(Editor’s Note: Today’s post is brought to you by Poster Guard® Compliance Protection, a division of HRdirect and the leading labor law poster service that gets your business up to date with all required federal, state and local labor law postings, and then keeps it that way — for an entire year. Enjoy the article!)
Last month, we discussed the labor law posting requirements for remote workers. After I published that post, it occurred to me that there are other postings organizations might not be aware of…such as employee handouts. According to Ashley Kaplan, Esquire, senior employment attorney for HRdirect, there are two distinct types of mandatory employee notifications: labor law posters and employee handouts.
And because there are two types of mandatory employee communications, it possible that organizations might overlook employee handouts thinking they’ve got it covered with labor law posters. Kaplan says, “there is some overlap with posters, so it can be confusing to employers what’s required at a federal, state and local level.” Let’s take a high-level look at mandatory employee handouts.
4 Things Every Employer Needs to Know about Mandatory Employee Handouts
In a webinar about mandatory employee handouts, Kaplan shared four key things that employers should remember when it comes to required employee communications:
- Mandatory handouts are legal notifications, typically issued by government agencies. Common examples are Family and Medical Leave, Workers’ Compensation, and sexual harassment in the workplace. These notifications are required at a federal, state, and local level. In addition, government agencies might require notifications in multiple languages.
- Many required handouts are distributed to employees at the time of hire during orientation. However, some handouts are “event driven”, meaning that they must be distributed at the time of the event. For instance, Family and Medical Leave notifications should be provided to the employee when they are requesting leave.
- Remember current employees need to be notified as well. When new notifications are required, organizations should start giving new hires those new required notifications, BUT we can’t forget about existing employees. They need to be notified about the new or changed requirements as well. Keep in mind that some government agencies will require that notifications are acknowledged (i.e. signed) by the employee.
- And finally, these employee handouts are in addition toany labor law poster requirements for your workplace. Yes, this is what makes mandatory employee notifications so tricky. Kaplan pointed out that some laws require only postings, some require postings and handouts, and others only handouts. It’s important to know the requirements.
In Human Resources, Time is Money
I’ve got some good news and not-so-good news.
The good news is that some government agencies do offer free downloads of these employee handouts. In those situations, HR can simply download the document. That’s not the issue.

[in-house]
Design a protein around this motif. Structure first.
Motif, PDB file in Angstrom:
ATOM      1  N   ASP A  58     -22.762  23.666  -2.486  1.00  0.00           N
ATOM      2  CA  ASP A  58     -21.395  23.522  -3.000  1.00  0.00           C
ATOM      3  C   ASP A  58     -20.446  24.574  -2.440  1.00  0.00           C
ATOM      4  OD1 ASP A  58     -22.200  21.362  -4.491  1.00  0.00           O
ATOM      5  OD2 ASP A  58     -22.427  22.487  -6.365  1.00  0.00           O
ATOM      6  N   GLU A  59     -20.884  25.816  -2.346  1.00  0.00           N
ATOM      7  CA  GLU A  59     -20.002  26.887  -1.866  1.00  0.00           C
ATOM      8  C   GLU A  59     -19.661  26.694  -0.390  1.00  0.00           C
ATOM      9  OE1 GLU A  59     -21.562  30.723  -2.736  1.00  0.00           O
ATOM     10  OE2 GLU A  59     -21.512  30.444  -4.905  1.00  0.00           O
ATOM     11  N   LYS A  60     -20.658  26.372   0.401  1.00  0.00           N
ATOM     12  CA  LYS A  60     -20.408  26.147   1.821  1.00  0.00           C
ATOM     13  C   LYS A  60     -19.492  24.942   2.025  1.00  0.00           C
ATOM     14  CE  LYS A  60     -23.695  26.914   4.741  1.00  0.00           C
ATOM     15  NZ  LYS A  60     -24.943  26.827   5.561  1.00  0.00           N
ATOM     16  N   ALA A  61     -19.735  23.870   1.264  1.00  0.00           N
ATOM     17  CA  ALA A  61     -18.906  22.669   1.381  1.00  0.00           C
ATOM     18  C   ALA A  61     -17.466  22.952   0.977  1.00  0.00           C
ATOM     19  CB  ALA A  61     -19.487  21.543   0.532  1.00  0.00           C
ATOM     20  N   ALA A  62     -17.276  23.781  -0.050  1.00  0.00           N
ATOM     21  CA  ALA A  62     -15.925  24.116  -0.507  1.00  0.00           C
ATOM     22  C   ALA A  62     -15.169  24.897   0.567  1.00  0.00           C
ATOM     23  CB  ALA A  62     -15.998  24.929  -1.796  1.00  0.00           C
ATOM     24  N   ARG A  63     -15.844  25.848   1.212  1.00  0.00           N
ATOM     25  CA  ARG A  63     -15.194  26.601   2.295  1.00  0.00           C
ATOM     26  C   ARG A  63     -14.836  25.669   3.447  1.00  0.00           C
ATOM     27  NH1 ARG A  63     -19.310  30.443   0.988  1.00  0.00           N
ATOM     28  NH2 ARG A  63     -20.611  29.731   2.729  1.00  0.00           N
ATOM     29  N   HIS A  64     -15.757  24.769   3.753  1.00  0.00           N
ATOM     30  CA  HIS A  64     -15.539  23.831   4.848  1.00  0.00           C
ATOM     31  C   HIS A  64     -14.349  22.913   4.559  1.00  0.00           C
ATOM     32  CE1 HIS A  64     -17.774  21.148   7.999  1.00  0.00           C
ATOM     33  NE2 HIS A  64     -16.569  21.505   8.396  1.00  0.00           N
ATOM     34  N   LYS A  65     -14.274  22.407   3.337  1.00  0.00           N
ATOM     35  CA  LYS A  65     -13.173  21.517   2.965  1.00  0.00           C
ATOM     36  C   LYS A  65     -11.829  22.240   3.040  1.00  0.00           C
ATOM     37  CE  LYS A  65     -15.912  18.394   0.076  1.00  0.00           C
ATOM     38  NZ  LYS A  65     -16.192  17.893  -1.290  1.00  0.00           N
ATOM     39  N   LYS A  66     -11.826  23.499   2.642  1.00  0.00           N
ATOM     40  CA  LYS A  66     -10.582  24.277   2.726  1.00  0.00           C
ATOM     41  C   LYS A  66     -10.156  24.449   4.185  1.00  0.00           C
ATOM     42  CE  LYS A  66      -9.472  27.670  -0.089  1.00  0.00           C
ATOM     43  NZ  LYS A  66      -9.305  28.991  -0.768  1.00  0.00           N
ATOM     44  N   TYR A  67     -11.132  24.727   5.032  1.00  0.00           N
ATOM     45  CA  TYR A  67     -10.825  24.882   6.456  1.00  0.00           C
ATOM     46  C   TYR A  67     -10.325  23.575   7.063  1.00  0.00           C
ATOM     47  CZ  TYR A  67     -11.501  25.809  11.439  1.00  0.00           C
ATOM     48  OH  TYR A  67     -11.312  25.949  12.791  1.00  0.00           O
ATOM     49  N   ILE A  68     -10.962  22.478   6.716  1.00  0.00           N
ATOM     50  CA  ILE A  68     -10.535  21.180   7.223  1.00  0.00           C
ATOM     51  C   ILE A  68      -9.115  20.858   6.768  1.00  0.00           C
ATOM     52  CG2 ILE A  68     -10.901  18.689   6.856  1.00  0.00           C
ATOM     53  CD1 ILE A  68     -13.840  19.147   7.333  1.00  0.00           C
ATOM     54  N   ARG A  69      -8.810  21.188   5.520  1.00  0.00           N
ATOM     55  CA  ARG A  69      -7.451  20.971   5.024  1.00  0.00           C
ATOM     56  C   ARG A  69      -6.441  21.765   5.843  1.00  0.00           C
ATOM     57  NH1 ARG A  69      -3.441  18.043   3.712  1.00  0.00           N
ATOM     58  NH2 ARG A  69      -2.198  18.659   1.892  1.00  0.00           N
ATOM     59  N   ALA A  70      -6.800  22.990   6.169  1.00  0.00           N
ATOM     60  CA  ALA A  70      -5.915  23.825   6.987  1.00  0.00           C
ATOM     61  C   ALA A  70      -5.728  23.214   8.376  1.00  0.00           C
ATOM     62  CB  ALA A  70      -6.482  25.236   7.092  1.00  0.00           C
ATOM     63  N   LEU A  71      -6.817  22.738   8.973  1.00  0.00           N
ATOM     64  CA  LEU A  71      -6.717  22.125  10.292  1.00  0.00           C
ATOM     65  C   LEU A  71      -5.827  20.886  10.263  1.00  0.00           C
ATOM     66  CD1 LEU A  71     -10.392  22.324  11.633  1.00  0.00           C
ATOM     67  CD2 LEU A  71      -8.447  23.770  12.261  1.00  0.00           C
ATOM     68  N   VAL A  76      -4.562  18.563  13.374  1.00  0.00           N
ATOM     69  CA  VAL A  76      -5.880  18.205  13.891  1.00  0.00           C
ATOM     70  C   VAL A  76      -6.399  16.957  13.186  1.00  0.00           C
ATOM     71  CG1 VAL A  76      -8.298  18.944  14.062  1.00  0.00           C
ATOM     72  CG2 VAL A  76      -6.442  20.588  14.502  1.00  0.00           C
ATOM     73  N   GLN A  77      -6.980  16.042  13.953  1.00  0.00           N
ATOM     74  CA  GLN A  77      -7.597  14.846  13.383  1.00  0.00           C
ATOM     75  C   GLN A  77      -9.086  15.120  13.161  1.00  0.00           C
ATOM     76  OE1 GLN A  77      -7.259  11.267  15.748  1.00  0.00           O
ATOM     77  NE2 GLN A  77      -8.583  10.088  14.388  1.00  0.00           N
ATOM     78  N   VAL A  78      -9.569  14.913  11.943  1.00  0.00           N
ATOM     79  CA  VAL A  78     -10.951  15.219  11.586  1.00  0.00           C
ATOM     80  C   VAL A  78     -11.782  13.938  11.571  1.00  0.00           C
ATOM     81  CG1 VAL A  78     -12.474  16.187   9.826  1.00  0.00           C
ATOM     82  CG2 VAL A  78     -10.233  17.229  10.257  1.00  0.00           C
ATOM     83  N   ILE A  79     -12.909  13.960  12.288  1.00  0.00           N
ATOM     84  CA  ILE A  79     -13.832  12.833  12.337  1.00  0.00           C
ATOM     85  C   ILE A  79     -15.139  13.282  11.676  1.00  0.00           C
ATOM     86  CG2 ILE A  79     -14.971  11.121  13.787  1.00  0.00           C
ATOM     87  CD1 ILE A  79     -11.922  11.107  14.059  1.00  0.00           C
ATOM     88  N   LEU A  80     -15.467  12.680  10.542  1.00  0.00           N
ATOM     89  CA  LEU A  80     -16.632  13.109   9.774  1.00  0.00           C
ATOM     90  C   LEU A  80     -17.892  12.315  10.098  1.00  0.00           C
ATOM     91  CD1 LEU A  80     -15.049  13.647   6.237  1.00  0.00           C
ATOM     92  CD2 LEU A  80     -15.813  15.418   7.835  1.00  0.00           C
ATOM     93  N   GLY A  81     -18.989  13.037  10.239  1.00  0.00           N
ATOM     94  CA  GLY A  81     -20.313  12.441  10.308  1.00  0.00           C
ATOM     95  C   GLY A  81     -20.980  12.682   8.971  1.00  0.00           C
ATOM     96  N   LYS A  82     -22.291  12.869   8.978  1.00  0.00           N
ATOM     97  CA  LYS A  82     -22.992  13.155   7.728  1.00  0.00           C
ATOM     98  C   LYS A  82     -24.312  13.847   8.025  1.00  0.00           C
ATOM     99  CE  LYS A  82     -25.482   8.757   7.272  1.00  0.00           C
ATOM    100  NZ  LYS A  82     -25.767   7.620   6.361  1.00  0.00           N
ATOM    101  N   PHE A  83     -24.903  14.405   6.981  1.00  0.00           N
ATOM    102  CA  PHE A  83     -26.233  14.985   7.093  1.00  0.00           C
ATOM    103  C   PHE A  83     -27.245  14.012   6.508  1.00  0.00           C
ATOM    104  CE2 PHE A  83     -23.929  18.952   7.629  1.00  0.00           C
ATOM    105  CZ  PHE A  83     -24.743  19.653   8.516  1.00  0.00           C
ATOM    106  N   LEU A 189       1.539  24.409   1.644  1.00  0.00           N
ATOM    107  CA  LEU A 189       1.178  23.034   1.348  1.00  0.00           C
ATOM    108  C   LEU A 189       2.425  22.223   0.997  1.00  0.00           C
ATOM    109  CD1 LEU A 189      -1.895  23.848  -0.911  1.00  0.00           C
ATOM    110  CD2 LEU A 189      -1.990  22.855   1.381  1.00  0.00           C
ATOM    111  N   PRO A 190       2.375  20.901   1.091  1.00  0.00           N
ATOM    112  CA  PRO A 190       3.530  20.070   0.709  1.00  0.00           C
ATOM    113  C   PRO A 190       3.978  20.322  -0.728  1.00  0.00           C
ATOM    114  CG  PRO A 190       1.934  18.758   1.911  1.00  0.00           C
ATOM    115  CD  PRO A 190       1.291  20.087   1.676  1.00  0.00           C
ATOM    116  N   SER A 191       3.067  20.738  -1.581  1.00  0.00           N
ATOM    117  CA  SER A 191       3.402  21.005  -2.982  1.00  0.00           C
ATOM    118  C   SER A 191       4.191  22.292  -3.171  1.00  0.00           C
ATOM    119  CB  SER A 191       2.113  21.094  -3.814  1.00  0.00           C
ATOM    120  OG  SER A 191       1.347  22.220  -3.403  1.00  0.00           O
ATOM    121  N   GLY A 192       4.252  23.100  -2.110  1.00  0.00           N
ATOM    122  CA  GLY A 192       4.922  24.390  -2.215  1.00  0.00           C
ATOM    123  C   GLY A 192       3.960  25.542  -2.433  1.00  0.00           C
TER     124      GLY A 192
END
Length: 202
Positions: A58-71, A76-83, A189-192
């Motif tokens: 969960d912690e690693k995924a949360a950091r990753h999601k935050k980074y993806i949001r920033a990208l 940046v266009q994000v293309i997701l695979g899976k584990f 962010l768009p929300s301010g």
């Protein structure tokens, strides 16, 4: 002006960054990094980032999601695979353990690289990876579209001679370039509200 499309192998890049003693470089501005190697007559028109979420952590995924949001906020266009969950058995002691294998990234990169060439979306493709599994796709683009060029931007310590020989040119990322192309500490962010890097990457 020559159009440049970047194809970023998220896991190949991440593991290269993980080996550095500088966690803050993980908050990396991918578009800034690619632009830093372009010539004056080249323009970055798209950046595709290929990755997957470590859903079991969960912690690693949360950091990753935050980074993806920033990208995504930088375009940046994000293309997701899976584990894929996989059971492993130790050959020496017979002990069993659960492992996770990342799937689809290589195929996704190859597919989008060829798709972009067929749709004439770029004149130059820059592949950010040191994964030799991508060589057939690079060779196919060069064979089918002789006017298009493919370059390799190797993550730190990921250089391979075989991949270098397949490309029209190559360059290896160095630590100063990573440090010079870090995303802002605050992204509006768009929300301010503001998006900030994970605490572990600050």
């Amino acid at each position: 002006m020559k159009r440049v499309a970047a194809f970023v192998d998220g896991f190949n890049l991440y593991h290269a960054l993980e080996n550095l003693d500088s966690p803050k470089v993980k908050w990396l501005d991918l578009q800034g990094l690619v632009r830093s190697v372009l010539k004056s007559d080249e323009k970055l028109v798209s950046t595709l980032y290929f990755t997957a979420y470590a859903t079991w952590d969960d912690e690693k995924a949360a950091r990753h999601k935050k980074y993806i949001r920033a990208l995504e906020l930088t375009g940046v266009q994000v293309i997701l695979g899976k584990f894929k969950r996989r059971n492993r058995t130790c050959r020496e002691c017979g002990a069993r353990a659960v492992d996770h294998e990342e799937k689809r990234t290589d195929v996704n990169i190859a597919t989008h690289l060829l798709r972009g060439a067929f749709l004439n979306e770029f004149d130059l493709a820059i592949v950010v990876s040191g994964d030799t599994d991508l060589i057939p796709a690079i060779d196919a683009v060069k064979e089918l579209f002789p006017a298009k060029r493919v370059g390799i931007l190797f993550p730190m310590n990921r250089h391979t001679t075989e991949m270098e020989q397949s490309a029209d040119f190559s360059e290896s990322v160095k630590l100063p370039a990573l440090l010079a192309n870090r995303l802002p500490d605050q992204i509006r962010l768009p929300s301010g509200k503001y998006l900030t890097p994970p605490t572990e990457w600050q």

The not-so-good news is that there’s no government one stop shop that will tell you everything you’re required to do. According to Kaplan, there are “across the nation, more than 400 different federal and state notices that employers must distribute based on different triggering events. In a state like California, there can be up to 32 employee notices issued by up to five different agencies for compliance.”
Let me add that more often than not agencies don’t notify employers of changes. So not only do employers need to know where to look for the legal requirements, they have to regularly go back and double check to ensure they are in compliance.
One more thing. There are instances where government agencies do not offer templates or free downloads. Employers are responsible for creating the handout on their own. And I don’t have to tell you what that means. HR is responsible for everything that comes with designing the new form – researching the legal guidelines, creating the document, getting legal approvals, communicating the change, etc. Oh, and I know I don’t have to tell you (but I’ll say it anyway) that, if an organization is caught being out of compliance, they are subject to fines, penalties, and legal exposure.
But let me end this section with some more good news. You don’t have do this alone. Our friends at Poster Guard have recently introduced a new Mandatory Employee Handout service. It was developed by their legal team to help businesses comply with all of these handout requirements.
With the service, employers are provided with electronic access to current federal and state handouts, so they can print or email them to employees. Poster Guard takes care of monitoring, so organizations will always have the most up-to-date information to share with employees. AND they’ve also built some templates that you can use to create your own.
Right now, HRdirect is offering HR Bartender readers a discount to try their Mandatory Employee Handout service. Just use the code SC28549 at checkout to receive 25 percent off the Poster Guard Compliance Protection service. This applies to all three tiers of service offered and the two products they have for remote workers. But don’t delay! The code expires on December 31, 2018.
Notifying Employees is the Right Thing to Do
I understand that compliance isn’t the sexiest part of human resources. But it’s essential to the business and not just from the standpoint of avoiding fines and penalties.
Telling employees their legal rights is simply the right thing to do. The last thing organizations want is to develop a reputation for being an employer that doesn’t operate in good faith. We don’t do that with our customers and we don’t want to do it with employees. It will impact the company’s ability to hire, engage, and retain the best talent, which ultimately impacts the bottom-line.11